Neobanks – The neo-target for fraud?

neobanks fraud digital identity challenger banks

Dealing with cybercriminals and hackers is nothing new for banks. From identity theft to account takeovers, to phishing, evolving threats continually test even the strongest security defences. Fraud is an ever-present threat for any financial institutions, but do neobanks and challengers face unique challenges?

Over time traditional banks have formalised their security processes and built experienced teams to counter criminal activity. Neobanks have risen rapidly to success in recent years, but have faced challenges balancing security with the customer experience. 

One of the main competitive advantages of neobanks is their frictionless onboarding process, but while this is attractive to customers, it is also attractive to financial criminals looking to exploit any security weaknesses for their own gain. A digital account opening process still needs to be comprehensive enough to meet anti-money laundering regulations and to prevent fraud. 

Widespread issue 

In recent years several high-profile neobanks have been investigated, fined or faced compliance challenges. Late last year, the German financial watchdog BaFin levied a fine of 4.25 million on digital bank N26 for weak anti-money laundering controls. BaFin noted that the fine against the Fintech unicorn was related to almost 50 suspicious activity reports being filed late. 

Monzo is also currently under investigation by the UK’s financial watchdog over alleged breaches of anti-money laundering and financial crime rules. Payments giant PayPal also announced in recent weeks that they had closed 4.5 million illegitimate accounts, with bad actors reportedly taking advantage of new customer incentives when signing up to PayPal. 

A Revolut whistleblower told the BBC in 2019 that “The CEO refused to listen to the compliance team”. The Fintech firm also saw the departure of two chief risk officers, two money-laundering reporting officers and a chief compliance officer over the course of three years, according to BBC reporting. 

No quick fix 

Achieving real-time banking experience for customers, at the same time as offering the same level of security and trust as conventional banks, is no small feat. Striking the right balance will be vitally important going forward as regulators continue to scrutinise regulatory compliance at neobanks and hackers find new ways to target customers. 

A report from Paygilant finds there has been a 134% increase in new account fraud attempts since the beginning of the COVID-19 pandemic, highlighting the growing impact of such activity. Yet if onboarding systems are put in place which are too onerous, not only will users have to go through more potentially unnecessary security checks but the number of false positives where customer accounts are either blocked or closed could rise.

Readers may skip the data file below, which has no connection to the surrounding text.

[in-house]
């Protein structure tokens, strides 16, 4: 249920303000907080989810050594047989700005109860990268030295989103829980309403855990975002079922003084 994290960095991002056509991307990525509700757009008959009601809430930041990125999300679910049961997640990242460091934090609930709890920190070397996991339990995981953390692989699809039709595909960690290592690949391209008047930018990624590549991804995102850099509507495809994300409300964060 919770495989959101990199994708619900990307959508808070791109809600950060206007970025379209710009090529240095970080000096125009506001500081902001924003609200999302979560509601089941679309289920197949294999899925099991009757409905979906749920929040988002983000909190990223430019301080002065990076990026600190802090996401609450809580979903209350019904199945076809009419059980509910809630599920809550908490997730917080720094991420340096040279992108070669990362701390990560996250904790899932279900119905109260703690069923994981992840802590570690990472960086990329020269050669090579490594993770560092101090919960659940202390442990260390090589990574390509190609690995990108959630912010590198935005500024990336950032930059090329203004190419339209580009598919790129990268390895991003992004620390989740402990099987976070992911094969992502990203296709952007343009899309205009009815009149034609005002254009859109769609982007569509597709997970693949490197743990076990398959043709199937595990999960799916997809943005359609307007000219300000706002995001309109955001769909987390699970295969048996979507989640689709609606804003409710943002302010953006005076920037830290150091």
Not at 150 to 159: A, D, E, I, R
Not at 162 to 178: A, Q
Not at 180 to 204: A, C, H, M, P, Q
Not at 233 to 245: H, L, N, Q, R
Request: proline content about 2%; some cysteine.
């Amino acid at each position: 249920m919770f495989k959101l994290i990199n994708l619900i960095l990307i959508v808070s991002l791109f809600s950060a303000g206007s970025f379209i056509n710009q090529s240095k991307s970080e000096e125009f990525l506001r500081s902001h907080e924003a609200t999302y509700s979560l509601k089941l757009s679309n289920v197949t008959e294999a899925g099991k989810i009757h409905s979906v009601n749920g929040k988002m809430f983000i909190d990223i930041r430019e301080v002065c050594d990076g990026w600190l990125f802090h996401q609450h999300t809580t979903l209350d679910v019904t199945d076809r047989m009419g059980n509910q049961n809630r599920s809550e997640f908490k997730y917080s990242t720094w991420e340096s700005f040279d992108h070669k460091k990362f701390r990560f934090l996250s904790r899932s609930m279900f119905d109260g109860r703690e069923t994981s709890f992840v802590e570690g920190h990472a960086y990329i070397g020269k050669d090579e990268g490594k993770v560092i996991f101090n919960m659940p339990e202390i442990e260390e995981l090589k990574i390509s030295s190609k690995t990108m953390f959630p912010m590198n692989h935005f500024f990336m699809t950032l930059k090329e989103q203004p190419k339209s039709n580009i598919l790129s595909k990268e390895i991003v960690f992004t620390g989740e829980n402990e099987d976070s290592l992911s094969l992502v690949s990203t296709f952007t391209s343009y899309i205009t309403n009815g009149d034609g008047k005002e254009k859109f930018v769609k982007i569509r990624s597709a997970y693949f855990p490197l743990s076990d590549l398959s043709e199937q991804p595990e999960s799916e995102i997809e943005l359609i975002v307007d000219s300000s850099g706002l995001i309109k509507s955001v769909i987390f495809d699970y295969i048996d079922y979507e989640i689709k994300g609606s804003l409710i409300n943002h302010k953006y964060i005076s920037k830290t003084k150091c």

Advances in background or ‘silent’ authentication have the potential to reduce the burden on the customer when it comes to security. Mobile authentication provider tru.ID aims to do this through SIM security. Paul McGuire, Co-founder and CEO at tru.ID explains, “The answer to account security is not patching knowledge factor on top of knowledge factor. We need to move away from copyable credentials towards a far more secure, hardware-based possession factor. The most immediate and innovative solution is the SIM card. It’s cryptographically secure, virtually unclonable, and it’s in everyone’s pocket.”

As neobanks distinguish themselves from incumbents by offering a seamless customer experience, even temporary blocking of non-fraudulent accounts would damage the reputation of challenger banks and reduce their appeal. 

While expensive, hiring more skilled staff in the compliance department can help to uncover genuine fraudulent activity while leaving other customers unaffected. In an increasingly digital environment, neobanks need to quickly find solutions to the challenge of fraud that manage to balance the customer experience and regulatory obligations.  


Written by Finbarr Toesland, Editorial Contributor

The conversation continues at Future Identity Finance, 26th April 2022, at County Hall, London.